Stories and Articles
The Business of Law
SDSU grad explains how her business savvy helps her manage her practice and her clients’ cases
Q: Why do many businesses fail, even if they offer an excellent service or product?
A: Among the top ten reasons businesses fail are the lack of business skills and operational inefficiencies.1
This is also true of attorneys who go into business for themselves and set up their own practice, but Puja Sachdev (’09, MSBA) decided to go about this a little differently when she set up her own shop in 2011. “I saw many flaws in how law firms were run,” said Sachdev, a family law attorney. “These firms were operated and managed by attorneys who were not good business people. With my business and marketing background, I had ideas on how I would do things.”
A Matter of Degrees
With a dual degree in marketing and management, Sachdev didn’t plan to be an attorney in her early career, but a desire to work directly with people led her move in San Diego to pursue a law degree. Shortly after graduating law school in 2007, she earned her Master of Science in Business Administration degree (MSBA) in financial and tax planning from San Diego State two years later.
Sachdev’s business degree has not only helped her to run her own practice but has been instrumental in helping her to deal with clients as they work out financial details during a divorce. “When there is a business involved that needs to be divided, the education I received from SDSU in financial and tax planning has proven to be an asset in this field of law,” she pointed out. She is also the first family law attorney in San Diego to earn the designation of Certified Divorce Financial Analyst – a designation usually held only by financial professionals.
"When there is a business involved that needs to be divided, the education I received from SDSU in financial and tax planning has proven to be an asset in this field of law."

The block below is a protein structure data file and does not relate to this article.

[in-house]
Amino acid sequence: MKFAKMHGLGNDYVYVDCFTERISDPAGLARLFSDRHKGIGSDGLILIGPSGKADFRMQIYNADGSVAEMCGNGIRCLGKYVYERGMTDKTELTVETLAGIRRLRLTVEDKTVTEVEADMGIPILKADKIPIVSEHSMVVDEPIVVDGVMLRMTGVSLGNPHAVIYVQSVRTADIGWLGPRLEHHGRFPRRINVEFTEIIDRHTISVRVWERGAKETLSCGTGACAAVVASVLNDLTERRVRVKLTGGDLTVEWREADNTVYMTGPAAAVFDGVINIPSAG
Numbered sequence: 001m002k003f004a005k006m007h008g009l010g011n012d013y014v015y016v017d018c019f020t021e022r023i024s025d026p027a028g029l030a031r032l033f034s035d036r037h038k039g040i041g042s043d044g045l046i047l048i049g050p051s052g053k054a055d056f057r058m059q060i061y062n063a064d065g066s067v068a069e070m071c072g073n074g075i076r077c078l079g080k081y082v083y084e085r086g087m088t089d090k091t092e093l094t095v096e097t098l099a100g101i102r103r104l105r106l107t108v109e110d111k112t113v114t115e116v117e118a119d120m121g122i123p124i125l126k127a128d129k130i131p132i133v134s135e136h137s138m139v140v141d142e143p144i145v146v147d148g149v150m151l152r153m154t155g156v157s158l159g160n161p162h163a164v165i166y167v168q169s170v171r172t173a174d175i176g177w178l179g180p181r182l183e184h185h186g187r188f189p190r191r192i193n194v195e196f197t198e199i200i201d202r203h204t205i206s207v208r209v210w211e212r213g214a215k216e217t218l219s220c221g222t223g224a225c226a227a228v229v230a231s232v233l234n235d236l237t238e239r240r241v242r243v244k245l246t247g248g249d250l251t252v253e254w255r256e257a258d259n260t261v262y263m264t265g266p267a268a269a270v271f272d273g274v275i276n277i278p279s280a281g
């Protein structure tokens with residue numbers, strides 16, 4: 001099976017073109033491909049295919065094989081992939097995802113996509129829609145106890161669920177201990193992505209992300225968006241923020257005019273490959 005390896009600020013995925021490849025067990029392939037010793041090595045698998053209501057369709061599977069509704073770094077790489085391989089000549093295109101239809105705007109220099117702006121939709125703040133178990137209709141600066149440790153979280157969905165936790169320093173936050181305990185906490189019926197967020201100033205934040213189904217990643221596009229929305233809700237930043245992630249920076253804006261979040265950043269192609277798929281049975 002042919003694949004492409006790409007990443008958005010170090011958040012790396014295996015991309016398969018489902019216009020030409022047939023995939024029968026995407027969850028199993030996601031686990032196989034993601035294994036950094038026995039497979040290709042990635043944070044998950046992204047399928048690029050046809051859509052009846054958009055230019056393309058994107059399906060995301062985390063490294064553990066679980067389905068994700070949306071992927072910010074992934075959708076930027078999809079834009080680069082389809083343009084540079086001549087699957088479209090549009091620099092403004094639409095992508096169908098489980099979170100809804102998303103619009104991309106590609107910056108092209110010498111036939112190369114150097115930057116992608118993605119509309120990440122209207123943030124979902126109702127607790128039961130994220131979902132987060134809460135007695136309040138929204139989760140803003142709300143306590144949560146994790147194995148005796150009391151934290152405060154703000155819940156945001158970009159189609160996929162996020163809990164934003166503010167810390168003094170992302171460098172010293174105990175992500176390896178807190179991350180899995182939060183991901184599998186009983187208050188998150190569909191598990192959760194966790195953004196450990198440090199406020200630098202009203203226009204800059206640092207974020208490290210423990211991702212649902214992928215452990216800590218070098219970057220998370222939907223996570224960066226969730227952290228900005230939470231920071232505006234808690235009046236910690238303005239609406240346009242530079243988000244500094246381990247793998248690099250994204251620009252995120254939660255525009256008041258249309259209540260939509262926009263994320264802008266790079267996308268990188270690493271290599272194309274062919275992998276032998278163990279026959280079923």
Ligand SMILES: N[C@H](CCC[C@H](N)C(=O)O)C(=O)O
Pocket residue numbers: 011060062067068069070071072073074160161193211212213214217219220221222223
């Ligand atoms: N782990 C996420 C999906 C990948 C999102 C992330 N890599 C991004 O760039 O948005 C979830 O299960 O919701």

The Stress Factor
Of course, this type of legal practice can be extremely stressful. Not only are a family’s financial assets being examined and scrutinized, but emotions run high during this type of legal proceeding. With this in mind, Sachdev set out to create a better working environment than others where she’d worked previously. “Taking care of myself and my team is my first priority,” said Sachdev, who has four employees at her firm. “By making this a priority, my team is able to help our clients who are in very stressful situations and we can act as the voice of reason through all of their emotions.”
While Sachdev has taken steps to make sure that she and her staff are able handle the business and emotional challenges that come their way, she is also familiar with the issues facing women in the legal field. Women are fairly new to the field of law, in that there were less than 4500 females practicing law in 1940 in the U.S.2 Many sources estimate that today, women make up 33 – 40 percent of all practicing attorneys in the U.S. (a total of approximately 1.3 million).
“While there is a great acceptance of women in the legal field, there is still an
‘old boys club’ among the most senior attorneys,” Sachdev pointed out. “But there
are many female judges in San Diego now and I’ve never personally experienced any
bias from the bench or towards my female clients.”
- New York Times, January 5, 2011
- Marquette University School of Law, J. Gordon Hylton